When the device is employed to open and close a low-tension circuit it is known as a commutator or timer, and when used in connection with current of high voltage they are called secondary distributors. Certain constructional details make one form different from the other and while they perform the same functions they vary in design. Such distributing devices are

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Fig. 13.—The Battery Ignition System of the Dodge Brothers Motor Car


is Typical of Present Day

always driven by positive gearing from the engine and are timed so that the sparks will occur in the cylinders at just the proper ignition time. The usual construction is to use a fixed insulated case which carries one or more contact members disposed around its periphery and a central interior revolving member or cam which contacts with the points on the body of the device to close any desired circuit. The location of a device of this character is clearly shown in Fig. 13, which also shows the other parts of the ignition system.

The current obtained from the dry or storage battery or low-tension dynamo or magneto is not sufficiently powerful to leap the gap which exists between the points of the spark plug in the cylinder unless it is transformed to a current having a higher voltage. The air gap between the points of the spark plug has a resistance which requires several thousand volts pressure to overcome, and as a battery will only deliver six to eight volts, it will be evident that, unless the current value is increased, it could not produce a spark between the plug electrodes. The low voltage current is transformed to one of higher potential by means of a device known as the induction coil, plainly shown in Fig. 13. The current from the battery is passed through a primary coil in this device and is composed of a number of layers of coarse wire. This induces a higher voltage current in the secondary coil wound around it and composed of many turns of very fine wire. With the high tension system of ignition the spark is produced by a current of high voltage jumping between two spark plug points, which break the complete circuit that would exist otherwise in the secondary coil and its external connections. The spark plug is in a simple device which consists of two terminal electrodes carried in a suitable shell member, which is screwed into the cylinder. The secondary wires from the coil are attached to terminals at the top of a central electrode member which is supported in a bushing of some form of insulating material. Some employ a molded porcelain as an insulator, while others use a bushing of mica. The insulating bushing and electrode are housed in a steel body, which is provided with a screw thread at the bottom, by which it is screwed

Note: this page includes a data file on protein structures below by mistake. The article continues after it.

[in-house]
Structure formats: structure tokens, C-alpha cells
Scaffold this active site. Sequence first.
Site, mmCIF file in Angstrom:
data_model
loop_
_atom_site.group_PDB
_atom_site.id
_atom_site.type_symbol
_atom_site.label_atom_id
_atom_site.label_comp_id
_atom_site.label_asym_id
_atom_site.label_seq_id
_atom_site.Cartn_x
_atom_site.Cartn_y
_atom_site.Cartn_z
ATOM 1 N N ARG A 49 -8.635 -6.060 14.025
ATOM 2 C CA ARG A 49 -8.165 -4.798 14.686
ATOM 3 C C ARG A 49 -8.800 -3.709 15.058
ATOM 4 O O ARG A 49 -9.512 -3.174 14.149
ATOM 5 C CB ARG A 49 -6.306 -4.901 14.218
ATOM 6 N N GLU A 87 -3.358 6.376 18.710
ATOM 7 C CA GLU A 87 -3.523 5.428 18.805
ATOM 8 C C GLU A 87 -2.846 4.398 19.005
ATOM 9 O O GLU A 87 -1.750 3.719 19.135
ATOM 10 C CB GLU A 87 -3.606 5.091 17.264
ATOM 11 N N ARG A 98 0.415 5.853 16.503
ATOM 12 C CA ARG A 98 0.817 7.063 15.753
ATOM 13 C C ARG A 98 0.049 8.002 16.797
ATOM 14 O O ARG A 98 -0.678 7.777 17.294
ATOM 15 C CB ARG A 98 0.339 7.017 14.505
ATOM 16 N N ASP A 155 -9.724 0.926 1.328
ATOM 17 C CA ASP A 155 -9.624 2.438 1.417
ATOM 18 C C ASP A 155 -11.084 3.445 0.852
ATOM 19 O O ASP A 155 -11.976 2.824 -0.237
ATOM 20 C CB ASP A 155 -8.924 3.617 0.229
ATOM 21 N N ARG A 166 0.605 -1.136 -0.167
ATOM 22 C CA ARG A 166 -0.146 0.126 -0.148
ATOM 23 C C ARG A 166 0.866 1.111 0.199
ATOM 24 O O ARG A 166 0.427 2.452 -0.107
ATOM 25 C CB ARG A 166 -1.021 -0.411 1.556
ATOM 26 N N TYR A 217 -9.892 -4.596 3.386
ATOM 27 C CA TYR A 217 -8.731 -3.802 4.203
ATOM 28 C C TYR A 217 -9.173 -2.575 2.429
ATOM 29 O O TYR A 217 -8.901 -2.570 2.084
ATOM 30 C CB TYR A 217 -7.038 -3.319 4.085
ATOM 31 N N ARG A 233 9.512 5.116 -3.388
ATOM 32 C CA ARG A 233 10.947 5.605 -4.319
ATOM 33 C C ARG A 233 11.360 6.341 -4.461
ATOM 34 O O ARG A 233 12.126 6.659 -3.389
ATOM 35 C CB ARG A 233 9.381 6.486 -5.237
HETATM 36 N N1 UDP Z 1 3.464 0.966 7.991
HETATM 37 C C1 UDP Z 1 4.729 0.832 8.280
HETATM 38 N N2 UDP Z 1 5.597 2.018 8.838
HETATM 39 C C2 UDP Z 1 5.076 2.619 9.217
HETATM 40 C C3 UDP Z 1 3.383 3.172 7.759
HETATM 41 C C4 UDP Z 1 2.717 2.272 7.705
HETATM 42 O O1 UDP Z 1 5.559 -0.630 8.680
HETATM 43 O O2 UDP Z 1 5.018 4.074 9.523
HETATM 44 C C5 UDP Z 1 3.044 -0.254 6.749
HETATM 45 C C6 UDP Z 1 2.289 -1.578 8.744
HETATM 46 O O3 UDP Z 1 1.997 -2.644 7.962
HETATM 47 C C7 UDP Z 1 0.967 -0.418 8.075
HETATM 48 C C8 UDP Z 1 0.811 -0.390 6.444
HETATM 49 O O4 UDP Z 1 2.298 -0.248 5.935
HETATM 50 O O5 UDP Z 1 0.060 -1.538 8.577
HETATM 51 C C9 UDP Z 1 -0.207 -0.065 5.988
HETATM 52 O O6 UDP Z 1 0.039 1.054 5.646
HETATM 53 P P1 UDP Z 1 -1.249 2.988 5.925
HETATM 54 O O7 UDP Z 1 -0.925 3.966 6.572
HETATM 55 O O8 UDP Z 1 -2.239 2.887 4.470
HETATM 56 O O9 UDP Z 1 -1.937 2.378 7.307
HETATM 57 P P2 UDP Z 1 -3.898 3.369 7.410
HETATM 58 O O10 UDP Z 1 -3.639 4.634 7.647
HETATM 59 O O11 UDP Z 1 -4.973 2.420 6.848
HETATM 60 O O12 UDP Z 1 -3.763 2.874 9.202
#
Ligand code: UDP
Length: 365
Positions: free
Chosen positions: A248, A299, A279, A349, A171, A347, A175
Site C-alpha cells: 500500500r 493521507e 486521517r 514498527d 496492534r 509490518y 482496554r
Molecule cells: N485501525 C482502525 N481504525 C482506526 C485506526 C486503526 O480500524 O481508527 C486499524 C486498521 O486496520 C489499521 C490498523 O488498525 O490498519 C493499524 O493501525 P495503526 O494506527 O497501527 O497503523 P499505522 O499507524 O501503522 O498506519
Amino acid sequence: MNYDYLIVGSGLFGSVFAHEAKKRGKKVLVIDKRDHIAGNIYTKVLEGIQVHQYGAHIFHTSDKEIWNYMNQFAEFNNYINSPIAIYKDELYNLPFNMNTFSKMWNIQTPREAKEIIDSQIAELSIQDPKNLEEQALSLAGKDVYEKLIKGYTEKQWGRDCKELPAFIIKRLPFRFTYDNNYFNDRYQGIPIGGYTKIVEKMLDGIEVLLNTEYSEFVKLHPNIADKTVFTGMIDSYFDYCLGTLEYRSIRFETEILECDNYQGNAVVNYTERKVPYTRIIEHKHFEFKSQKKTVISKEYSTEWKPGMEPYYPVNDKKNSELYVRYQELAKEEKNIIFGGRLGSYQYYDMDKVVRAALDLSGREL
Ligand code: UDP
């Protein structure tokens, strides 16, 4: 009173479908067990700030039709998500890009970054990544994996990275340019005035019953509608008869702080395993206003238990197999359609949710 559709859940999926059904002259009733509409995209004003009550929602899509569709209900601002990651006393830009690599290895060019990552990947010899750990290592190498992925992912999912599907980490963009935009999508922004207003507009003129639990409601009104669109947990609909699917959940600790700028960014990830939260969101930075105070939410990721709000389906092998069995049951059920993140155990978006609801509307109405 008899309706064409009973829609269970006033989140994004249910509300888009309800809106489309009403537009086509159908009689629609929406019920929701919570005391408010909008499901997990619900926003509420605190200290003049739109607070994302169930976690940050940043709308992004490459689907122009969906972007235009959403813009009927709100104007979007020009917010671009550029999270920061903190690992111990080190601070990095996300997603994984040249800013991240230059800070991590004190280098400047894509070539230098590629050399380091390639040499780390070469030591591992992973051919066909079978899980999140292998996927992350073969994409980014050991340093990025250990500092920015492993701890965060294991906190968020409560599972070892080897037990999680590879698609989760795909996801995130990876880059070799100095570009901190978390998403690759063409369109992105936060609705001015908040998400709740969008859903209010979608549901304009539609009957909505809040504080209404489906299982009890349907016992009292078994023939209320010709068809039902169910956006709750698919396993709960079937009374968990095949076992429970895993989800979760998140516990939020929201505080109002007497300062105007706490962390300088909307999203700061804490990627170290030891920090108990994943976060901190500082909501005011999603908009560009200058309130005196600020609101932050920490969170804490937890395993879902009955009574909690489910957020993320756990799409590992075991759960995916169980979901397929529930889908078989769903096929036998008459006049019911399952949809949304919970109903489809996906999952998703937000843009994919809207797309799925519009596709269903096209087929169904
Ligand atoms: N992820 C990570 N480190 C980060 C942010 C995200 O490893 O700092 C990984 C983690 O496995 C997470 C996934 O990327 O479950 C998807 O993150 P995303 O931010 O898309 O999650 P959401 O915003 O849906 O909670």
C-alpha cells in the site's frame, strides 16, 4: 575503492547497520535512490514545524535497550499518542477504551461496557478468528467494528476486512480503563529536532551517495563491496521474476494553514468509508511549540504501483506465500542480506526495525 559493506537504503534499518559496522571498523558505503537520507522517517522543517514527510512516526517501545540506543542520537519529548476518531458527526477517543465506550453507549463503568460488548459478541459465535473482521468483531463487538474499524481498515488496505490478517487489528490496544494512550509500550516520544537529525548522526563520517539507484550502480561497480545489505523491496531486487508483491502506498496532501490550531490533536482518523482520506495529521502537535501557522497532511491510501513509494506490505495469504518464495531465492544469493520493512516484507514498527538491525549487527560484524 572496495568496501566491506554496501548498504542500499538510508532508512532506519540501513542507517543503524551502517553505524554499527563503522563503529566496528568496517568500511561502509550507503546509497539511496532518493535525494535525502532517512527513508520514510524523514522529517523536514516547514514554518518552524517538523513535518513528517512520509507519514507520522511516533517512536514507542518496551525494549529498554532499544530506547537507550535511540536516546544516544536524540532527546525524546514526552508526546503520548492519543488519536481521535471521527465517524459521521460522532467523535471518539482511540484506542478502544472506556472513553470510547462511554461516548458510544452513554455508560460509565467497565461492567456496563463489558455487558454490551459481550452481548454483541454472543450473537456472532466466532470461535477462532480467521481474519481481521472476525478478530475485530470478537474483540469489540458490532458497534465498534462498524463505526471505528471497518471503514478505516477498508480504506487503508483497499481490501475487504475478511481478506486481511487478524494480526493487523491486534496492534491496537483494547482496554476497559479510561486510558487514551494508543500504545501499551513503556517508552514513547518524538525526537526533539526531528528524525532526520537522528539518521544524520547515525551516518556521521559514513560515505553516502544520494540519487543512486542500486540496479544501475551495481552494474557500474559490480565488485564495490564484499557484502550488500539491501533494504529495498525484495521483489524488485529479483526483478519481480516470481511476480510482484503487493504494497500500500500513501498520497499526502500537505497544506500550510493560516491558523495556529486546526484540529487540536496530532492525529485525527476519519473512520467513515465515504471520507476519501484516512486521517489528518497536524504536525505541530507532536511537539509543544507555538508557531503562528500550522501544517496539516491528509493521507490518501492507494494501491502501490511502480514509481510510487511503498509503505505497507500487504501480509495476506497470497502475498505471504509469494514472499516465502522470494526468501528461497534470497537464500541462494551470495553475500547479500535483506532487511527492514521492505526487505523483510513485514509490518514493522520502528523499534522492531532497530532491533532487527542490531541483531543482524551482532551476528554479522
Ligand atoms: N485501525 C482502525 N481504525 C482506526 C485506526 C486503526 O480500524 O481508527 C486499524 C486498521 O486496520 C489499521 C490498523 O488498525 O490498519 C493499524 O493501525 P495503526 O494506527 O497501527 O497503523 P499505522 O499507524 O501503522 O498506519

into the combustion chamber. The current entering at the top of the plug cannot reach the ground, which is represented by the metal portion of the engine, until it has traversed the full length of the central electrode and overcome the resistance of the gap between it and the terminal point on the shell. All wiring of a modern battery ignition system is shown at Fig. 13.

The magneto is a simple form of dynamo and a mechanical

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Fig. 14.—The Dual Magneto Ignition System Used on Maxwell


generator of electricity in which permanent magnets are used to produce the magnetic field and between which the armature revolves. The permanent magnets are called “field magnets" and at their ends are provided with cast iron shoes which form the walls of the armature tunnel and which are known as pole pieces. A magneto consists of two compound horse shoe magnets attached to the pole pieces which collect and concentrate the magnetism upon the armature. The armature is shuttle-shaped